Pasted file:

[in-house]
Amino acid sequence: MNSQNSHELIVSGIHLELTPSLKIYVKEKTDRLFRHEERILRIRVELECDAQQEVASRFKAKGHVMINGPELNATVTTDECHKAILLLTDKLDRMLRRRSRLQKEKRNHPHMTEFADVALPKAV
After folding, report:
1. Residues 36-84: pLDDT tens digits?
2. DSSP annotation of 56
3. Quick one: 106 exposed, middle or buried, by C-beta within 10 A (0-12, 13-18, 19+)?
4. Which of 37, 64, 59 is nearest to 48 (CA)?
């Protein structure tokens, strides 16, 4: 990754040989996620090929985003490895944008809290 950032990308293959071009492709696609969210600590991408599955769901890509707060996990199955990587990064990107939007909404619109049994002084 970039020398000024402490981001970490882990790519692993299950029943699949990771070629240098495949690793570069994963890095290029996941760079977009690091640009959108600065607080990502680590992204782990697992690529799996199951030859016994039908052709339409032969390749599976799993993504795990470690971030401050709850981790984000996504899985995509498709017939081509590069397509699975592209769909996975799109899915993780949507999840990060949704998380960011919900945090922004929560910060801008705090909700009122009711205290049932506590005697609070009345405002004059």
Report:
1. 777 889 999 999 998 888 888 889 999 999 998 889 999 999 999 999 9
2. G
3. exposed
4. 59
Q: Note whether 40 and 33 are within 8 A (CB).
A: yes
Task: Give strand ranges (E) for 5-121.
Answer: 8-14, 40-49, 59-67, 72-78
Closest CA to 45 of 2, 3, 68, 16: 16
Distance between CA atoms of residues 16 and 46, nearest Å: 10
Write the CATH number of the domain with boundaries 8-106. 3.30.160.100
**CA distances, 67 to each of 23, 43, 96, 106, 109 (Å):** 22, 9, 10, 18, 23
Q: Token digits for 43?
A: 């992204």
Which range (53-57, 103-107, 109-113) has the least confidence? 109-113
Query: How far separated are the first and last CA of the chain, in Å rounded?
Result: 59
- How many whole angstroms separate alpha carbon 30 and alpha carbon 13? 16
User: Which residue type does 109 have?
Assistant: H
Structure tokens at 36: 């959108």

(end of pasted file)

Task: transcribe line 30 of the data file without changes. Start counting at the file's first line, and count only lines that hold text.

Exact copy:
Structure tokens at 36: 């959108």